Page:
While having a website is a great way to let people know about your firm and the services you offer, setting up a law category blog is a great way to demonstrate your expertise. While you’ll want to avoid blogging about specific cases you are working on so as not to break confidentiality and client privilege, commenting on major cases in current events, as well as general law topics such as things to keep in mind or checklists for what to do in certain legal situations (such as steps to take in a divorce, how to best respond to a civil lawsuit, auto insurance law, etc.) is perfectly fine.
The rewards of setting up a law blog are multifaceted. First, as stated before, it lets you demonstrate your expertise in your field, proving that your firm is a solid investment for customers looking for legal aid. Second, blogs allow for open discussion, allowing you to answer questions directly and give general legal advice where possible to readers of your blog. The final benefit, though not as beneficial to the firm and customer growth, is that you can garner an income based on ads run on the blog itself.
When it comes to topics, stick to what you know best, as well as what you find most interesting. For example, if you are an injury and liability attorney who primarily handles auto accident cases and the like, consider writing an article that breaks down liability law into layman’s terms. This will provide your potential clients as well as anyone with a general interest in liability law the groundwork they need to assess whether or not they even have a valid case before coming in for a consultation.
This also means less time spent with clients who refuse to believe they have no case for one reason or another. You’ll still get a few who can’t be reasoned with, but having an article that clearly explains the nuances of liability laws in your state will cut down on those cases considerably. The same kind of article can be written for most disciplines of law, breaking down the basic foundations of building a case and when the best time to get a lawyer involved would be.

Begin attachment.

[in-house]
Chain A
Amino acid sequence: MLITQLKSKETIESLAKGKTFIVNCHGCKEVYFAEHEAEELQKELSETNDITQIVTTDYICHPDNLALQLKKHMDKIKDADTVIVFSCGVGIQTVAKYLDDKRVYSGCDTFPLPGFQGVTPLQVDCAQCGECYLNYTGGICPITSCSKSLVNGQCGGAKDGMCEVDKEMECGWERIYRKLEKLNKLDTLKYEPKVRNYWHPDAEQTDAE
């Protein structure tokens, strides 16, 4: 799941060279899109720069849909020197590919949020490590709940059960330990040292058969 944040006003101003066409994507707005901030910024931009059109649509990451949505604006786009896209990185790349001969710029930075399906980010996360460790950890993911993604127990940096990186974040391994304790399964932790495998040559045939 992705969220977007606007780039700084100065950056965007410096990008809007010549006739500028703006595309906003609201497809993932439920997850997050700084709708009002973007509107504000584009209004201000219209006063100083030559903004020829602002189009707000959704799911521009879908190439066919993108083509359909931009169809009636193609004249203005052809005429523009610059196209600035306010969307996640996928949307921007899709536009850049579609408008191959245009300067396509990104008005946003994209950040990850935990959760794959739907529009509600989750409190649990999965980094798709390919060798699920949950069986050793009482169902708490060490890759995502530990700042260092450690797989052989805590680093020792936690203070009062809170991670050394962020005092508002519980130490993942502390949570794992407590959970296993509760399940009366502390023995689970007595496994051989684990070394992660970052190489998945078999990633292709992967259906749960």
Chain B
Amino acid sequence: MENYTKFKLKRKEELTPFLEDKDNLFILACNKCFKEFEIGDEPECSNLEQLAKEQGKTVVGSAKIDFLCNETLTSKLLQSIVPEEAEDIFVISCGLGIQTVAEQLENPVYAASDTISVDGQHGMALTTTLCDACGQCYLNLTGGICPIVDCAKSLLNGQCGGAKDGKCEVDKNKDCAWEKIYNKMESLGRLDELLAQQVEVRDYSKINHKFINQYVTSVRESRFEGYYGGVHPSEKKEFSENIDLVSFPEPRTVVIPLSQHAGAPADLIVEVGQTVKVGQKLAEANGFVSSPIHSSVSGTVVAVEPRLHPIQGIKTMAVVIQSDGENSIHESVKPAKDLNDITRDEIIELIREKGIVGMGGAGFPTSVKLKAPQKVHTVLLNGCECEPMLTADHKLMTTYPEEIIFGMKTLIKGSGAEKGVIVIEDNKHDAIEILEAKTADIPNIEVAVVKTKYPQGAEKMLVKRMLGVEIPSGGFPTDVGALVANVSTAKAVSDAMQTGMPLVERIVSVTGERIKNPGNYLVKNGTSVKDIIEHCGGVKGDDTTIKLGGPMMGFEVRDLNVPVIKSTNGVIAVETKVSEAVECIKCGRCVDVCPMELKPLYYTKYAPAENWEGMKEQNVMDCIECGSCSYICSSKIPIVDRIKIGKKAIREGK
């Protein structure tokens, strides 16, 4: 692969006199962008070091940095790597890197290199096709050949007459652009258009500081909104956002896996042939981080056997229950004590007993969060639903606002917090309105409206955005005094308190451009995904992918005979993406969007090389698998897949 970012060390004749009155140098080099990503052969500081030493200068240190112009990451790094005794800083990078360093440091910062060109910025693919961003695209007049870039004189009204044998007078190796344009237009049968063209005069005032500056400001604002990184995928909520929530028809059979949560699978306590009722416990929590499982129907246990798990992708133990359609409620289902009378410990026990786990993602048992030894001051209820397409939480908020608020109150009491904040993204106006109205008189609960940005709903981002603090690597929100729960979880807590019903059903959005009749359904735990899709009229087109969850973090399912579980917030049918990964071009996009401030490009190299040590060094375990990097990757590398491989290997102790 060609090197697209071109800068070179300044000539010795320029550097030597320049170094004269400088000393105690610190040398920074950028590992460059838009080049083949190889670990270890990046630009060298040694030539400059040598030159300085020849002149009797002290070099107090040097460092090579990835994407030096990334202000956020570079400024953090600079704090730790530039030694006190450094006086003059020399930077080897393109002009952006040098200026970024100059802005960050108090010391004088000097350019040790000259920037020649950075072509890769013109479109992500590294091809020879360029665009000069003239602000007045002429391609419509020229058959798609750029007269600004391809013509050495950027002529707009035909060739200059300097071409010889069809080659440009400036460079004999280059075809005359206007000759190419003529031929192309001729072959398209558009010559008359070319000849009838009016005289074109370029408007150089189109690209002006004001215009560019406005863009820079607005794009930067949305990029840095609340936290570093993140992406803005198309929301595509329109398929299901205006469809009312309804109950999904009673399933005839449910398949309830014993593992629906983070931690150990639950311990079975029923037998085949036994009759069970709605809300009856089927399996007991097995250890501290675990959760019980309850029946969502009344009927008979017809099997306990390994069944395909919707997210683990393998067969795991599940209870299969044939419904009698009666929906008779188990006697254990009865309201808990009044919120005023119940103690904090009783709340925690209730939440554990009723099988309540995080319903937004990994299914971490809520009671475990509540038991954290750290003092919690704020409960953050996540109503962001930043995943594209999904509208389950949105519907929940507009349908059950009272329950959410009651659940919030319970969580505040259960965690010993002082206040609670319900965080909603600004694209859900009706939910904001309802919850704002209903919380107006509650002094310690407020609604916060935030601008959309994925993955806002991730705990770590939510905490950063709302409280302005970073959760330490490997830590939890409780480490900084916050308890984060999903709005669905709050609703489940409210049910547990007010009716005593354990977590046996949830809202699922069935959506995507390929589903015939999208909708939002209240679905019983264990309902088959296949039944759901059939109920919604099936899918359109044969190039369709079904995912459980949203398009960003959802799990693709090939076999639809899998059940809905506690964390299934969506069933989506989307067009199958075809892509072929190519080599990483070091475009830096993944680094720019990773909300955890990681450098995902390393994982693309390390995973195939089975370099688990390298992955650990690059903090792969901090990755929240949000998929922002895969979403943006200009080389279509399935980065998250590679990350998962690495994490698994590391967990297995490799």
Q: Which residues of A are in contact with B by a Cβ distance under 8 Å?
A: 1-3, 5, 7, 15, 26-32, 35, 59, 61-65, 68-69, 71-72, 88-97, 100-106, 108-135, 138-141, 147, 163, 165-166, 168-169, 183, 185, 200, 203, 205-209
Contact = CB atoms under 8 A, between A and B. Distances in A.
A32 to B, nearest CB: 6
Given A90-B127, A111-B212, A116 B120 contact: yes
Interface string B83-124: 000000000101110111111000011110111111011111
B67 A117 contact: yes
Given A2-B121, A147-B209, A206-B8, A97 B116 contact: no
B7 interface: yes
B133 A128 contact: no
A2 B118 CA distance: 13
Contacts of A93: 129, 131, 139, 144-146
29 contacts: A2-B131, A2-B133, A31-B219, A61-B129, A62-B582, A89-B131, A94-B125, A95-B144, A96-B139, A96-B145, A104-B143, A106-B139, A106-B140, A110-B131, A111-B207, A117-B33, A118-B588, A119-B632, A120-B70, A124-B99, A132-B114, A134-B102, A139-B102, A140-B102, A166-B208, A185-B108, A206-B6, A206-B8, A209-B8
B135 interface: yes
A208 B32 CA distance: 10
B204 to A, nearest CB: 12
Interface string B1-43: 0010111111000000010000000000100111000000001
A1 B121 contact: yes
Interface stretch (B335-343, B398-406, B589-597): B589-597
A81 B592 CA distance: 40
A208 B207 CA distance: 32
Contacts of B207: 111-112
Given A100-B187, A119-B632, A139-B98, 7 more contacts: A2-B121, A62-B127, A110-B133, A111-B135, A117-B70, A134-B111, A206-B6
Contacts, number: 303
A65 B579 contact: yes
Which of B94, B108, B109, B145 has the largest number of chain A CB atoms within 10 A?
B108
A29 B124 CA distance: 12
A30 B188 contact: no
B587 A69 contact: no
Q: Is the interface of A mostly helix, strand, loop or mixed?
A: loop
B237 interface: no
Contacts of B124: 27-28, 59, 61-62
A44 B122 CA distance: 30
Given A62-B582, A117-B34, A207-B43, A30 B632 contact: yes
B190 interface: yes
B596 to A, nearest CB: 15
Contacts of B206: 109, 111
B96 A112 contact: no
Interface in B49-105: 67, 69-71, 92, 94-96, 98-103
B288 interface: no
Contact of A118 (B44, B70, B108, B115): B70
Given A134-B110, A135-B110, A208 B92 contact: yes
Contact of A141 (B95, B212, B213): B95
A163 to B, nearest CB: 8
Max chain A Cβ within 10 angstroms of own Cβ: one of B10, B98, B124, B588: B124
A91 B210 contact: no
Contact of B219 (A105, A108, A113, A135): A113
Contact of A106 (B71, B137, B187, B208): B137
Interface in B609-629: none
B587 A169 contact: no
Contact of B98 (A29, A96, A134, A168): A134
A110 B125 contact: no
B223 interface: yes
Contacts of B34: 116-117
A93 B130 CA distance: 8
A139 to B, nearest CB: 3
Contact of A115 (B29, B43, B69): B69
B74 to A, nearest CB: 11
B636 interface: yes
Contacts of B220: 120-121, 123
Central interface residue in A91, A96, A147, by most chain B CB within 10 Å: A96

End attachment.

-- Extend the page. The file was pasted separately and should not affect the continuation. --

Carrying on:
Lazy Visual Design
The last piece of the puzzle is how your site actually looks, and the first impressions users get from using your website. One big mistake people make starting out is thinking that being original means shattering the mold when it comes to conventional design standards and concepts. While it’s okay to experiment a little bit, adding a slightly unique twist to make your website engaging, you should try to stick within the fundamental rules of web design.
Have a logo in the header of each page that links back to your homepage, put the navigation bar along the left side column or along the bottom of the page header, and keep your design simple and streamlined. The last thing you want is your page to be so flooded with images and clip art that it ends up looking like those old Geocities pages from back in the mid-90s. On the topic of images, it’s also good to have a solid legal marketing strategy when it comes to assets and site design.
Just because it pops up in a Google image search doesn’t mean it’s free to use. If you use a lot of visual elements such as product photos or stock imagery, consider either contracting a photographer for product photos or purchasing an account for a stock image website where you can purchase images for use. The last thing you want is to be hit with a copyright lawsuit for using images you didn’t know weren’t royalty-free. This mistake is especially embarrassing considering you’re likely advertising your law firm, so you’ll likely take a bit of a blow to your reputation on top of all those fines and legal fees from the DMCA and copyright suits.
While these tips give a general idea of what pitfalls to avoid when bringing your business to the online sector, they only scratch the tip of the iceberg. If you’re just starting out, do some research on SEO services and optimization, Google’s Panda updates, along with some basic web design principles before you even start working on your site digitally. Work out a basic theme on paper, including a brief content map with the different content ideas you are interested in, and a rough layout of a page draft and web map going over the core pages that will make up the framework of your website. Once that’s done, start your research, and after you have a marketing strategy and focus points for your content, begin site-building.